Mark Cuban says it's "a moral imperative" for white people in America to change their behaviors and mindsets in order to address racism.
"Dear White People: We are the ones that need to change," the billionaire owner of the NBA's Dallas Mavericks wrote in a tweet on Monday.
Cuban's tweet also included a link to an open letter written by Emerson College president M. Lee Pelton, who is a black man. The letter discusses Pelton's personal experiences with racism in American and the "persistent structural racism that under girds American society and permits the police and others to kill black people."
"This is not one man's story," Cuban wrote in the tweet, referring to Pelton's letter. "This is almost every black man's story. Which is why the problem is ours. We need to find OUR way to change what we do. There is no quick fix. It's a moral imperative."
Cuban previously joined a handful of Mavericks players over the weekend in Dallas at a gathering to protest police brutality and honor the memory of George Floyd, the 46-year-old black man who died in May after a white Minneapolis police officer knelt on his neck for nearly nine minutes. Floyd's death, which has been ruled a homicide by an official autopsy and resulted in charges being brought against four Minnesota police officers, sparked widespread outrage and protests across the country.
"This is our community; our country," Cuban told The Dallas Morning News on Sunday while attending the protest. "Both are hurting. I wanted to be here to listen. To understand better the pain the African-American community is going through. And to show that the Mavs organization will be here to help."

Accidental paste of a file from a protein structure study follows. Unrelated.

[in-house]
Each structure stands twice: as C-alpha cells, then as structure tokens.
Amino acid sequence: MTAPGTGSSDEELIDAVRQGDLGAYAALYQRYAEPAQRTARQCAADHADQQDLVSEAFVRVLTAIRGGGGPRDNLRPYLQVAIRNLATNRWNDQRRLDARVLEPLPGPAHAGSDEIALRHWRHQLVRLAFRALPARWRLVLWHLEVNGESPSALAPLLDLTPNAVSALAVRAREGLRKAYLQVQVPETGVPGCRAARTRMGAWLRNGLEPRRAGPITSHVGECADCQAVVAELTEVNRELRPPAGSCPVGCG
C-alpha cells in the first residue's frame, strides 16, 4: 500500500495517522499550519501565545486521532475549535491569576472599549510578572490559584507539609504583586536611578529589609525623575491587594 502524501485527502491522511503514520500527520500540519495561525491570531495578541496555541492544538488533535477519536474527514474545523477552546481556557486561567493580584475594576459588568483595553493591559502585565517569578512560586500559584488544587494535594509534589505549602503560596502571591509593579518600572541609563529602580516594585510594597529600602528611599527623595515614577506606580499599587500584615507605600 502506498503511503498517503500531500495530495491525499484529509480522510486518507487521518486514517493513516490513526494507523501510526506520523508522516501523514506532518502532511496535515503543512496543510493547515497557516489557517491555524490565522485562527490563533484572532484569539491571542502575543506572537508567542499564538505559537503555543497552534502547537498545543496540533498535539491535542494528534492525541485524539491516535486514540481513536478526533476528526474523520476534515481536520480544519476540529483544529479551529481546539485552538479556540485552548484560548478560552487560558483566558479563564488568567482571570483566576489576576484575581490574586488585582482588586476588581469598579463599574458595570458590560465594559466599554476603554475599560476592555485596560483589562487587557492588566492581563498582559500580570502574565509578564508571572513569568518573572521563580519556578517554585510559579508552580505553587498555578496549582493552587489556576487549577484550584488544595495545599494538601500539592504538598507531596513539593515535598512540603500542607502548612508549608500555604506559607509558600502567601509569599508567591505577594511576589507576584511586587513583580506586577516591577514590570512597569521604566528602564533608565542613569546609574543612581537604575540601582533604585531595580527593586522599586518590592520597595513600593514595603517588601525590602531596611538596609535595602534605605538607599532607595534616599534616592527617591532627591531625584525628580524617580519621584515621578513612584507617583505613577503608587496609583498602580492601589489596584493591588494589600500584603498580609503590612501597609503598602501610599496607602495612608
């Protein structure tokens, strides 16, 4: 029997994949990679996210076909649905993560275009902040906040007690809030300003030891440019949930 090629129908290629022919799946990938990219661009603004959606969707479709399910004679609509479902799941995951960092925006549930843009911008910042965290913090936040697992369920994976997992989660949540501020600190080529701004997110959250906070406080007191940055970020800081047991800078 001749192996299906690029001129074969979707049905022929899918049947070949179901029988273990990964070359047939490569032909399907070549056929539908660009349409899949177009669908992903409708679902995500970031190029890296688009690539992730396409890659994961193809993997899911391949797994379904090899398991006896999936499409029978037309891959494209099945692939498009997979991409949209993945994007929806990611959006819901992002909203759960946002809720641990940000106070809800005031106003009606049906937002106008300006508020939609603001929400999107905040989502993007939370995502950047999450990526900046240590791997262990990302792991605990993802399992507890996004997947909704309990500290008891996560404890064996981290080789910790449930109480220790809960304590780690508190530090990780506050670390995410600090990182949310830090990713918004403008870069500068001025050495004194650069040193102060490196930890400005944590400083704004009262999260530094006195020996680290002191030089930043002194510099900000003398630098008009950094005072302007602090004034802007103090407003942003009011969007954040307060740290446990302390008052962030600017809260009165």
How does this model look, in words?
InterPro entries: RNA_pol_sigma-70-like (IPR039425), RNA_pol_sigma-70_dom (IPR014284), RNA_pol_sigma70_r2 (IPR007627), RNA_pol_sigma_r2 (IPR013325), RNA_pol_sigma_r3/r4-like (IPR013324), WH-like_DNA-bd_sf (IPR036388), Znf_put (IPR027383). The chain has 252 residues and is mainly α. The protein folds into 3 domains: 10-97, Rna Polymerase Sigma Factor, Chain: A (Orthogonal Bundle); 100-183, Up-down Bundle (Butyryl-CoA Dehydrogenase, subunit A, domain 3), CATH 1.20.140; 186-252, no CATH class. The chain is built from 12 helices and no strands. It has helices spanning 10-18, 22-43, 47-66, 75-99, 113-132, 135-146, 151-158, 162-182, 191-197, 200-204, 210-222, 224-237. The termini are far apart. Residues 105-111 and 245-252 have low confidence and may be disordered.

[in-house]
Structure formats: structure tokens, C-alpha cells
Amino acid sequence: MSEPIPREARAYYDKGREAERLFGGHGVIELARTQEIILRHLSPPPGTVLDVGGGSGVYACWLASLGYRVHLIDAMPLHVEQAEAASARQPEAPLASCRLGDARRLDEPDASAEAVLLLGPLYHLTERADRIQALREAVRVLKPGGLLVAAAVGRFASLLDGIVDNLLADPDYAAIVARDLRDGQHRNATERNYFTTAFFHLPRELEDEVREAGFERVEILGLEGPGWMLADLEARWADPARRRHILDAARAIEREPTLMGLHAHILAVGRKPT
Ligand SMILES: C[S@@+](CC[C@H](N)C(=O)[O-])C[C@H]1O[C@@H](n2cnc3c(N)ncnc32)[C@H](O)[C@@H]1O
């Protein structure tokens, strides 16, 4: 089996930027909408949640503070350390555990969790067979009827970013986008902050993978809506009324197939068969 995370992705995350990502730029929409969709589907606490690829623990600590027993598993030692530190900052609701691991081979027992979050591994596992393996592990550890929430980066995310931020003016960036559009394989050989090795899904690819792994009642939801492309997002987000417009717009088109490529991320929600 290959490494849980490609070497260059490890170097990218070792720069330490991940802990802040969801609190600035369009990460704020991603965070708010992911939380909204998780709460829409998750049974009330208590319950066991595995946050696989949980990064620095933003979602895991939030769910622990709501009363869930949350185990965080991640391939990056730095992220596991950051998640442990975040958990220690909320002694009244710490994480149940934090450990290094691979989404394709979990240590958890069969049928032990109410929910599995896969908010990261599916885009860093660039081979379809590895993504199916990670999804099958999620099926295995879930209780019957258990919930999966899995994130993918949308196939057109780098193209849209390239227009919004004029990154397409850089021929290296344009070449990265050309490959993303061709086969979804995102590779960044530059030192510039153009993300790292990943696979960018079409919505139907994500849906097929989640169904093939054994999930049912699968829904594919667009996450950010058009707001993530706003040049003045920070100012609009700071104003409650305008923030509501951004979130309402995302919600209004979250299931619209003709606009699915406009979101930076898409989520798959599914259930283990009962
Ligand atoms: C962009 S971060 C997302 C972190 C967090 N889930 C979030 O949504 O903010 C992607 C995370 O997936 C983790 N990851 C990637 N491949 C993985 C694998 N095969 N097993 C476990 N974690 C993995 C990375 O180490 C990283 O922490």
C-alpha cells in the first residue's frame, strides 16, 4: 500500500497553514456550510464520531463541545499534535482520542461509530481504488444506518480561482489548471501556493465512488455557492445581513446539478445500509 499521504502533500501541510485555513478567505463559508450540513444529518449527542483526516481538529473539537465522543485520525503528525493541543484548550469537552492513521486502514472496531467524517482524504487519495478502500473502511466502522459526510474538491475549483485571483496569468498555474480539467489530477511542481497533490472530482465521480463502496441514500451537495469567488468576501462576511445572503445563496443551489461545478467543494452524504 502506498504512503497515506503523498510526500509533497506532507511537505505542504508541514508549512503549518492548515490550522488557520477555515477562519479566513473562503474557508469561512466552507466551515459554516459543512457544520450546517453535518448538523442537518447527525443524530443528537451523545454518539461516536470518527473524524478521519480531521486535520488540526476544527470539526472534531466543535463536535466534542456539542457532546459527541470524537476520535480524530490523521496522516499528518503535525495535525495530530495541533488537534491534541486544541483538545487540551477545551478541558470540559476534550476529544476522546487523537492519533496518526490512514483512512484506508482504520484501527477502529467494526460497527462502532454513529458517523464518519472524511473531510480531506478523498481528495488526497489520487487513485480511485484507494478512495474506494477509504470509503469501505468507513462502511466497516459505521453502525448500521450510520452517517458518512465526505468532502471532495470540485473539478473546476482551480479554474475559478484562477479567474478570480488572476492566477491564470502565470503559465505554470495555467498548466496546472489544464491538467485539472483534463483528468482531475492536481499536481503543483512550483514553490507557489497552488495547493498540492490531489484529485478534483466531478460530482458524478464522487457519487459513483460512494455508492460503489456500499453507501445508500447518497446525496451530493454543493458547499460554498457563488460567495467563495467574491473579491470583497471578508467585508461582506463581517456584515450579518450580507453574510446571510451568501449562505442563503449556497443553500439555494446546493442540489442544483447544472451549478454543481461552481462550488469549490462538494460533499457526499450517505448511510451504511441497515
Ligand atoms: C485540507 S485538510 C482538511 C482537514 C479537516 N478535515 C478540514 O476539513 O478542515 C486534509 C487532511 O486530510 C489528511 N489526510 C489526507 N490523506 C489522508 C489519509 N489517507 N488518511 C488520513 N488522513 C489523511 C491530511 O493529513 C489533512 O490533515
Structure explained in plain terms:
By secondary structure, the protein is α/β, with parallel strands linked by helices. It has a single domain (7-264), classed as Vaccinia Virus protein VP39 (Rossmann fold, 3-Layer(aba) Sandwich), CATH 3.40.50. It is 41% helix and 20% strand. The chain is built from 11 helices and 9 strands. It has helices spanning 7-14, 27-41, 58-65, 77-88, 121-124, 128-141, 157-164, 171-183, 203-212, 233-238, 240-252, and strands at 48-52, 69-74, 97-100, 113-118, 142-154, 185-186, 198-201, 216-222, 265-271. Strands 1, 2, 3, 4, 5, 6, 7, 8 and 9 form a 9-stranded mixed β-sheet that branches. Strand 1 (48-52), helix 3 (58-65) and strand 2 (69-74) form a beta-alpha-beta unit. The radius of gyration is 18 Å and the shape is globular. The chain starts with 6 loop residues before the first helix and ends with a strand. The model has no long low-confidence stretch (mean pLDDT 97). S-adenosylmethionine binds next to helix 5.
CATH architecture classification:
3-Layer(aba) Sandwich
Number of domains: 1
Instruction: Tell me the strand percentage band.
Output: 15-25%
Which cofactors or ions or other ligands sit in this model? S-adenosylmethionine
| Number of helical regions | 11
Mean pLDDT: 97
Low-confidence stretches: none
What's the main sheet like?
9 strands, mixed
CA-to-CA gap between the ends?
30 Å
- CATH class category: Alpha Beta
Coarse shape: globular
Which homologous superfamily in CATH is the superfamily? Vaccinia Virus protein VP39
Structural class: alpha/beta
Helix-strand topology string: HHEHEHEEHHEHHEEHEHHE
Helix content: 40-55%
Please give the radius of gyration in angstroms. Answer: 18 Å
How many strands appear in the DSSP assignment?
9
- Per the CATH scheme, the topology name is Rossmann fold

Cynthia "Cynt" Marshall, CEO of the Mavericks and the first black female CEO in the NBA, told CNBC Make It that it is important for leaders to both speak out and to listen during this time.
"As a leader, it's important that I'm clear about what I stand for and what I am against. I abhor racism, disparate treatment, inequities and inequality," Marshall wrote on LinkedIn.
And it's not just leaders who must help effect change. In order to move forward, "we all have a role to play in this," Marshall told CNBC Make It.
In the open letter that Cuban shared on Twitter, Emerson College's Pelton noted: "The most important question is: What are you going to do?"
"This is not a black problem, but a structural issue built on white supremacy and centuries of racism. It's your problem. And until you understand that, we are doomed to relive this week's tragic events over and over again. What changes will you make in your own life? Begin with answering that question and maybe, just maybe we will get somewhere," Pelton wrote in the letter.
To that end, some of Cuban's Twitter followers asked him how the billionaire himself intends to change his own behaviors to address racism.
"I used to think treating people equally meant treating them the same. Like it was a math equation. I was wrong," Cuban responded. "I'm learning that treating people equally means treating them with equal amounts of respect, for who they are and what they have experienced."
Cuban added that he "learned the hard way that respect comes from our differences, not from thinking everyone should or could be the same."
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